The Washington Post's Shailagh Murray (11/17/09) wrote a profile of Sen. Blanche Lincoln (D.-Ark.) as one of the Democratic senators most likely to break with the rest of the party on healthcare reform. The article seemed to invert the advice Deep Throat once gave to the Post's Woodward and Bernstein into a new rule: Don't follow the money.
Headlined "A Centrist in Healthcare Debate, Lincoln Hears It From All Sides," the piece presented Lincoln's stance as something of a puzzle: "Hundreds of thousands of Lincoln's constituents are low-income and lack insurance, the very kind of voters expected to benefit under the Senate bill."
Murray described the senator as facing a dilemma:
She even acknowledged the forces lining up against the politician:
In the process, Lincoln has riled liberal groups including MoveOn.org, which is targeting her with radio ads, direct mail and rallies outside two of her Arkansas offices. Perhaps more ominously, MoveOn--working with the liberal group Democracy for America--has amassed $3.5 million in pledges to fund primary challenges against any Democratic senator who sides with Republicans to block an up-or-down vote on a bill with a public option.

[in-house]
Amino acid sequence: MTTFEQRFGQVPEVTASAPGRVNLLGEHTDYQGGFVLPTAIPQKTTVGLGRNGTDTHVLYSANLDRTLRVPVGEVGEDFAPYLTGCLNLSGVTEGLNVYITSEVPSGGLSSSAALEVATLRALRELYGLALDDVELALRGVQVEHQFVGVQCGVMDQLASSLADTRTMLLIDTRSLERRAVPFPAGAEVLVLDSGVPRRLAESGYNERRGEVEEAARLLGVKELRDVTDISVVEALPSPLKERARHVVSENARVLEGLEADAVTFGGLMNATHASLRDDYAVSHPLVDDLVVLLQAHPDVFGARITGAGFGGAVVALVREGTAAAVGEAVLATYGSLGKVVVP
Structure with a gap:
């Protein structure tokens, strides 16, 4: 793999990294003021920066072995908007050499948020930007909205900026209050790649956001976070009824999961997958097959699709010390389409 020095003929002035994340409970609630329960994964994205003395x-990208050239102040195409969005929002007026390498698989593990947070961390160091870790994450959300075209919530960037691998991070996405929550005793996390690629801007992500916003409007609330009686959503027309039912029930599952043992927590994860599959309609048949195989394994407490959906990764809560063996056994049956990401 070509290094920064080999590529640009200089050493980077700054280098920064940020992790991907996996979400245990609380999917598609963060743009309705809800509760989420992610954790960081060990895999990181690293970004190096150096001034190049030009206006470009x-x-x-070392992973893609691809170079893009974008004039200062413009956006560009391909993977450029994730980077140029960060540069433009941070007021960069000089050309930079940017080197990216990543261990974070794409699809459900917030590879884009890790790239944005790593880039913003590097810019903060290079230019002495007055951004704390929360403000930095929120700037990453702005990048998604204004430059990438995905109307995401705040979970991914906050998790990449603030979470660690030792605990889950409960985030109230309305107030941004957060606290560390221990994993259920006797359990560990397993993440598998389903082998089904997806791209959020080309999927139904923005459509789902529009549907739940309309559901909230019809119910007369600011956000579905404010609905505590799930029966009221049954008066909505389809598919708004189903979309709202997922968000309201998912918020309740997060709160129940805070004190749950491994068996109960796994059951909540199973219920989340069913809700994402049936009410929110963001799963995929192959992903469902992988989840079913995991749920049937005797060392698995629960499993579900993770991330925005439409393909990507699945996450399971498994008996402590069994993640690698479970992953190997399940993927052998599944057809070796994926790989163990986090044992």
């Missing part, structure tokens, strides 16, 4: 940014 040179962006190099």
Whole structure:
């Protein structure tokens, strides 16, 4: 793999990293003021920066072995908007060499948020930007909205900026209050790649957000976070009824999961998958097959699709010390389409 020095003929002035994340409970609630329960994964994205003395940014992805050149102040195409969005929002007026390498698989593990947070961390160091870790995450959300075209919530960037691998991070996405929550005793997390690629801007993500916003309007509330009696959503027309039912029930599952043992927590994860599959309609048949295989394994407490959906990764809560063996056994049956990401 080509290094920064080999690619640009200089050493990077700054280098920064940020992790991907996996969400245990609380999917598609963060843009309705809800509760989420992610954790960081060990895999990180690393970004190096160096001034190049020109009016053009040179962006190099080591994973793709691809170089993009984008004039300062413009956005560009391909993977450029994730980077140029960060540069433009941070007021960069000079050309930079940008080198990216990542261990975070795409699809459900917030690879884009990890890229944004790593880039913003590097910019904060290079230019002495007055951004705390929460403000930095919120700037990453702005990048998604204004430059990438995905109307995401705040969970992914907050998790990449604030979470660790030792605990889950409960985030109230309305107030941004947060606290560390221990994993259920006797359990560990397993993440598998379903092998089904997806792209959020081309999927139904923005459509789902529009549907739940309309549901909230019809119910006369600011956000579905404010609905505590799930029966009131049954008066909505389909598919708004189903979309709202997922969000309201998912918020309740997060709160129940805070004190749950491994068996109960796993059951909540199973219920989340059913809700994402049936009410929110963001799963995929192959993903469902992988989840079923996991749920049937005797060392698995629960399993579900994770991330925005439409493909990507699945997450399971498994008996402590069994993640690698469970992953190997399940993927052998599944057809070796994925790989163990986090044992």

That would seem to raise another question: Who's keeping her IN power? The Center for Responsive Politics has some background on that from the second quarter of this year--information the Post apparently doesn't consider important:
Of all the lawmakers on the five committees debating healthcare reform, Lincoln has brought in by far the most money from the healthcare sector--26 percent more than the runner-up, Sen. Charles Schumer (D.-N.Y.), who took in $257,400. For the 2005-10 election cycle, the healthcare sector has been Lincoln's most generous source of support, giving her a total of $763,000 from individuals and political action committees.
The Watergate-era lesson to "follow the money" is supposedly part of modern journalistic culture--a motto of the savvy journalist who understands that large amounts of money have the power to influence people's behavior. But as FAIR's magazine Extra! recently showed (11/09), coverage of healthcare reform in the corporate media has generally failed to document the links between industry largesse and the political maneuvers of "centrist" Democrats like Blanche Lincoln. If the newspaper that got the message directly from Deep Throat doesn't follow his advice, who else will?
Ask Washington Post ombud Andy Alexander why the paper's November 17 profile of Sen. Blanche Lincoln, which focused on her position on healthcare reform, neglected to mention Lincoln's financial support from the healthcare industry.
Andy Alexander, Ombud